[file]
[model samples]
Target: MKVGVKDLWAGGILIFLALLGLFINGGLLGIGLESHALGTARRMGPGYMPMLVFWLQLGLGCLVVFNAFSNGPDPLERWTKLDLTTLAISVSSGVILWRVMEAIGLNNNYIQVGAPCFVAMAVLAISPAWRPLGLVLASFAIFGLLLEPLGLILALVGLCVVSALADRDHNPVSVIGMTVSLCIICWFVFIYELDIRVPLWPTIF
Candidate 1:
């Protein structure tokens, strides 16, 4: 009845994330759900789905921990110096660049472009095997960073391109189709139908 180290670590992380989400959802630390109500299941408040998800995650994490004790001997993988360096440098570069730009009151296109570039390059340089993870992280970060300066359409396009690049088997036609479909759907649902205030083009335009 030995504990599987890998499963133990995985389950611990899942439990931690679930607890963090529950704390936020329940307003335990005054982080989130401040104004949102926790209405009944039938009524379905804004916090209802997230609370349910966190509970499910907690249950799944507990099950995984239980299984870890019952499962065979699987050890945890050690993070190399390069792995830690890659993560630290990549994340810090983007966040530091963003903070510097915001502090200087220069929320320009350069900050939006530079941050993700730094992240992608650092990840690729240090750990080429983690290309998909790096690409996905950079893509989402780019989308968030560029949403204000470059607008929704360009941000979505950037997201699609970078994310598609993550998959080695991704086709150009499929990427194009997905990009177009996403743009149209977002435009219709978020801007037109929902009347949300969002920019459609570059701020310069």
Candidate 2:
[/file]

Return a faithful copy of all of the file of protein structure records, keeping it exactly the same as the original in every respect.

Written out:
[model samples]
Target: MKVGVKDLWAGGILIFLALLGLFINGGLLGIGLESHALGTARRMGPGYMPMLVFWLQLGLGCLVVFNAFSNGPDPLERWTKLDLTTLAISVSSGVILWRVMEAIGLNNNYIQVGAPCFVAMAVLAISPAWRPLGLVLASFAIFGLLLEPLGLILALVGLCVVSALADRDHNPVSVIGMTVSLCIICWFVFIYELDIRVPLWPTIF
Candidate 1:
């Protein structure tokens, strides 16, 4: 009845994330759900789905921990110096660049472009095997960073391109189709139908 180290670590992380989400959802630390109500299941408040998800995650994490004790001997993988360096440098570069730009009151296109570039390059340089993870992280970060300066359409396009690049088997036609479909759907649902205030083009335009 030995504990599987890998499963133990995985389950611990899942439990931690679930607890963090529950704390936020329940307003335990005054982080989130401040104004949102926790209405009944039938009524379905804004916090209802997230609370349910966190509970499910907690249950799944507990099950995984239980299984870890019952499962065979699987050890945890050690993070190399390069792995830690890659993560630290990549994340810090983007966040530091963003903070510097915001502090200087220069929320320009350069900050939006530079941050993700730094992240992608650092990840690729240090750990080429983690290309998909790096690409996905950079893509989402780019989308968030560029949403204000470059607008929704360009941000979505950037997201699609970078994310598609993550998959080695991704086709150009499929990427194009997905990009177009996403743009149209977002435009219709978020801007037109929902009347949300969002920019459609570059701020310069």
Candidate 2: